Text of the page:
Ayse Birsel’s advice for designing a life you love is to start by giving yourself permission to do so. She emphasizes the importance of being true to yourself and creating a life that is based on your values and that looks and feels like you. Birsel then suggests deconstructing your life and breaking it into its parts and pieces in order to get clarity on what matters to you and to understand the connections that you assume are between things. Finally, she encourages people to not attempt to put their lives back together the same way it was before but to instead create something new.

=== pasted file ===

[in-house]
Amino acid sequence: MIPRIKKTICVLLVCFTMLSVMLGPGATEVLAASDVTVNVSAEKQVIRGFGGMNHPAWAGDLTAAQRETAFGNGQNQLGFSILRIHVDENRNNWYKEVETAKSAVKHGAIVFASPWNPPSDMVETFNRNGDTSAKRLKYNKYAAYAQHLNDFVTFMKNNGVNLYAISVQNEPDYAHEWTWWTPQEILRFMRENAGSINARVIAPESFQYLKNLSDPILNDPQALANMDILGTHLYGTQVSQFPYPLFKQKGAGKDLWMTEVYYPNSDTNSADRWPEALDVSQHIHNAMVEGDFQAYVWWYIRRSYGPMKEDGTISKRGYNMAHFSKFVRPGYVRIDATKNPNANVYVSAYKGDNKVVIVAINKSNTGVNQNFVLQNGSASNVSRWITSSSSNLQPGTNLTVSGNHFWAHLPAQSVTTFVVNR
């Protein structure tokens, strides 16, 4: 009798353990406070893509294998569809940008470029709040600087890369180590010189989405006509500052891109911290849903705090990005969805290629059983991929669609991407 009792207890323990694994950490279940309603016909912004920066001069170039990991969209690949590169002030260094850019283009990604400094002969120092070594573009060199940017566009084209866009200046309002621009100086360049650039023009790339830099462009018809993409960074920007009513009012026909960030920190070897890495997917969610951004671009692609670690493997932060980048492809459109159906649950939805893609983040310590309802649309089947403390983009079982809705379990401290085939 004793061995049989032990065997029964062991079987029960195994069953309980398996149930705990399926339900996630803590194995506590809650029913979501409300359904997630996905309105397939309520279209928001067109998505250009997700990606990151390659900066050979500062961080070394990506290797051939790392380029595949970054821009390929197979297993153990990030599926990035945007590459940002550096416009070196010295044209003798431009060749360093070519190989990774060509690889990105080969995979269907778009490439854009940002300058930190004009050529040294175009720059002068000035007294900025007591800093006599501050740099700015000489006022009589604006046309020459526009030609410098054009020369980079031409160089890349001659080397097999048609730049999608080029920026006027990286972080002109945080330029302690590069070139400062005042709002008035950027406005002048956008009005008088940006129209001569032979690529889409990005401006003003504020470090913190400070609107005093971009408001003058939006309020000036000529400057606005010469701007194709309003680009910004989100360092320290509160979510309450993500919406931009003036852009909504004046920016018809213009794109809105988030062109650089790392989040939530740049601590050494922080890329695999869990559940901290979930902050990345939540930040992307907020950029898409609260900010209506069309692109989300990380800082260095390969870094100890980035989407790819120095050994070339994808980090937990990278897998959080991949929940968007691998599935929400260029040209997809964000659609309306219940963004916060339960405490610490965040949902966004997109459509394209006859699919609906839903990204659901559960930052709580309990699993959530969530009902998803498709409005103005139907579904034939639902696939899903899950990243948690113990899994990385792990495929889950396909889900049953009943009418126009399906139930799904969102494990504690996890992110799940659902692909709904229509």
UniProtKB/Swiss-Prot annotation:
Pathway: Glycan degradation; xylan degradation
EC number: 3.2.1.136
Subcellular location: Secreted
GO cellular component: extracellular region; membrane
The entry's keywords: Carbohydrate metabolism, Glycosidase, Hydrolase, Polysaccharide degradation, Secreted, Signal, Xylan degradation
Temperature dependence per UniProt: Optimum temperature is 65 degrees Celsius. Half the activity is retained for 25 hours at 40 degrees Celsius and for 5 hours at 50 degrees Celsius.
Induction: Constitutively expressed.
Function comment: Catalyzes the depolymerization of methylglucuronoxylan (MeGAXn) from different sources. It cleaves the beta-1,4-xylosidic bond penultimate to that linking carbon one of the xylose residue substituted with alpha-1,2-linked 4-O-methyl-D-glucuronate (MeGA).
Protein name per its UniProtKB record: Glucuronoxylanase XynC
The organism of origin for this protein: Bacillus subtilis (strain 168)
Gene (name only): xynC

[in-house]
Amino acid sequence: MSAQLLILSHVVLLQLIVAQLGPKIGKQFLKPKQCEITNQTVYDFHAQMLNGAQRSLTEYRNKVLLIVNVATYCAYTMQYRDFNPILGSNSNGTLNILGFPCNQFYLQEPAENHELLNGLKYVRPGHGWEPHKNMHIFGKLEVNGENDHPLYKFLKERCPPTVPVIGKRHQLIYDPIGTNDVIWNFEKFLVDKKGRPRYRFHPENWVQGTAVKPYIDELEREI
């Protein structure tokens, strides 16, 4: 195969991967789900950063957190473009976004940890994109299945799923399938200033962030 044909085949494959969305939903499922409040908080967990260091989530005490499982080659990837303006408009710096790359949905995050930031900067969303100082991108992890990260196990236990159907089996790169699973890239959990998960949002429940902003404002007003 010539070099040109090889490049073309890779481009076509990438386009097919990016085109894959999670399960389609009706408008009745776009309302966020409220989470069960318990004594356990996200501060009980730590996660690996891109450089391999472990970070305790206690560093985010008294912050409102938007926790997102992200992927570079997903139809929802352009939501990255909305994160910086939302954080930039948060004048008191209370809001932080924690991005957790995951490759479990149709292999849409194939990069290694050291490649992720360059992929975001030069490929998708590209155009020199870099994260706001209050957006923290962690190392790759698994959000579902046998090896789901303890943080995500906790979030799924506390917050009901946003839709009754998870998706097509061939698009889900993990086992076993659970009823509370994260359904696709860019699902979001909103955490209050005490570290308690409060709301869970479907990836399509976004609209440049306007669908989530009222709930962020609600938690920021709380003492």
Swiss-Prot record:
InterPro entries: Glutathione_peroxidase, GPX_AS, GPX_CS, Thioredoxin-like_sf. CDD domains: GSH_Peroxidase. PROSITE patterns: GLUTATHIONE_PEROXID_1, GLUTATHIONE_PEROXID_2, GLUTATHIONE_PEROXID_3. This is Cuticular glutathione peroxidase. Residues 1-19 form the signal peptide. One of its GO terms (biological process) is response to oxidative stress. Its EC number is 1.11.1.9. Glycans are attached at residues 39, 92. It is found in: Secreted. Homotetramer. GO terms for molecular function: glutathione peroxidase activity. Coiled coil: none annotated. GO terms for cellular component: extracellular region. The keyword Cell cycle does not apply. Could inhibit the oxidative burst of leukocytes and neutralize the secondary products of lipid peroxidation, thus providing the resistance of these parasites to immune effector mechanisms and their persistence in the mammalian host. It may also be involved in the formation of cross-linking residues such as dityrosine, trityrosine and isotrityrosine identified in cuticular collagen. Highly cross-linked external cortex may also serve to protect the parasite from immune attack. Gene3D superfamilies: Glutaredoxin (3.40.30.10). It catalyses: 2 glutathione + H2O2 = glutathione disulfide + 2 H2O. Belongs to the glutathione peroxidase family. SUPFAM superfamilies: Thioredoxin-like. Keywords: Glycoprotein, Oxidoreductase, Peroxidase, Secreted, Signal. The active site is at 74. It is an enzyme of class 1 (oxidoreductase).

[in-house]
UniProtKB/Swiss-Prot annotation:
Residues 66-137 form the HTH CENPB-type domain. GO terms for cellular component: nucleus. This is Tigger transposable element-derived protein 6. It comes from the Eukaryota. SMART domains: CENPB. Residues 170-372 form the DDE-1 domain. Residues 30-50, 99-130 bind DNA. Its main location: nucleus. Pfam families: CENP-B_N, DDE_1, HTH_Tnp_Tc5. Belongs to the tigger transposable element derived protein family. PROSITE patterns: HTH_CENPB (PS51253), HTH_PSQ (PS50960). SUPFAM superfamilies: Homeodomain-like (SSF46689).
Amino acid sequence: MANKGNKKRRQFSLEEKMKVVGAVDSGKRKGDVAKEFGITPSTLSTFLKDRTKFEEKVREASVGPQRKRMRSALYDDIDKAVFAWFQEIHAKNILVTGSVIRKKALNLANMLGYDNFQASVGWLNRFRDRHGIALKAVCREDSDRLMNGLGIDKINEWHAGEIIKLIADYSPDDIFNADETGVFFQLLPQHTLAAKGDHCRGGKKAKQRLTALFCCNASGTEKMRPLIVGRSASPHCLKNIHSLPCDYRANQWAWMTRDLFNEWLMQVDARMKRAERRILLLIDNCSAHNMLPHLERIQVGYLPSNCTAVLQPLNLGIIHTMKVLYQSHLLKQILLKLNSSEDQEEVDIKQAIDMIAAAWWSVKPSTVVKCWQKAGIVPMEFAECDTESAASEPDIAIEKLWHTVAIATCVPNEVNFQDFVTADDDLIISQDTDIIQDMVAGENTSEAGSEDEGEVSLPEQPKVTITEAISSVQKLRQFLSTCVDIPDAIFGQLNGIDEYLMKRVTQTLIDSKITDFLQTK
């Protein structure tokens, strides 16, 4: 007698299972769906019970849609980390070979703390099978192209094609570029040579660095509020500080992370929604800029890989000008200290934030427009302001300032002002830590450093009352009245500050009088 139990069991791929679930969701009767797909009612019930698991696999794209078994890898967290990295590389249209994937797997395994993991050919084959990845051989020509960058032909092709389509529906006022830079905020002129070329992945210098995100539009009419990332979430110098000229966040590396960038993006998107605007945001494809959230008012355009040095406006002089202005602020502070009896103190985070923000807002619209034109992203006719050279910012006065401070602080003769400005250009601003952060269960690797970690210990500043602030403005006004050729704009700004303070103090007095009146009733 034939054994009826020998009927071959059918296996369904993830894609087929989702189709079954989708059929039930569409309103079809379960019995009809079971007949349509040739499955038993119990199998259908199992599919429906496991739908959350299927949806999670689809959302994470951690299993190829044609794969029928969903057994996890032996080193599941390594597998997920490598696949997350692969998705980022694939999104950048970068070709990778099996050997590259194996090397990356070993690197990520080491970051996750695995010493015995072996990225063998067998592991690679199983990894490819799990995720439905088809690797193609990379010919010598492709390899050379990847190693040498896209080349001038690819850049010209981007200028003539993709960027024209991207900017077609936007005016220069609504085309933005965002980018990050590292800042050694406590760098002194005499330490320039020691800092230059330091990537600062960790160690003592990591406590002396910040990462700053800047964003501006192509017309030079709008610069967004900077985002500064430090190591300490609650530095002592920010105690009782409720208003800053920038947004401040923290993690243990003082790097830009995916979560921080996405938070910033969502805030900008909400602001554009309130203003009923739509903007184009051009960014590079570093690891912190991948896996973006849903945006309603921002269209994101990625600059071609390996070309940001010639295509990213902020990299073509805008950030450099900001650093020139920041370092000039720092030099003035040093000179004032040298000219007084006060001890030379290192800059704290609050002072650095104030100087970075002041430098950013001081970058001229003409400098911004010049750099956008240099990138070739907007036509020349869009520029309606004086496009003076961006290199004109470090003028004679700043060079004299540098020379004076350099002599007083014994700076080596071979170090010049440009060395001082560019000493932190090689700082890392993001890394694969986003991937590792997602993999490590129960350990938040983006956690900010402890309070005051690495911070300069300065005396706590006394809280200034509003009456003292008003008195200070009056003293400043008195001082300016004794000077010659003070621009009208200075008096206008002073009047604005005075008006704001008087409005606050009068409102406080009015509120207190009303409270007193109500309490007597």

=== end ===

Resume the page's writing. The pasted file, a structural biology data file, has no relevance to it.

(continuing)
The Biggest Helping: Today’s Most Important Takeaway

“Think of a hero of yours, somebody who inspires you. This could be somebody you know, family or friends, or somebody you know of. What qualities of theirs do you admire? Those are your values. This is what you design with. This is how you make choices.”

Thank you for joining us on The Daily Helping with Dr. Shuster. Subscribe to the show on Apple Podcasts, Stitcher, or Google Podcasts to download more food for the brain, knowledge from the experts, and tools to win at life.



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Ayse Birsel: [00:00:01] Older people, actually they don’t fear aging because they’re thrilled to be alive. And they said the thrill is not gone. The thrill is on. And I thought, I want to talk about this. I want to make individuals aware. And I also want to make corporations and entrepreneurs aware that this is an incredible opportunity for growth.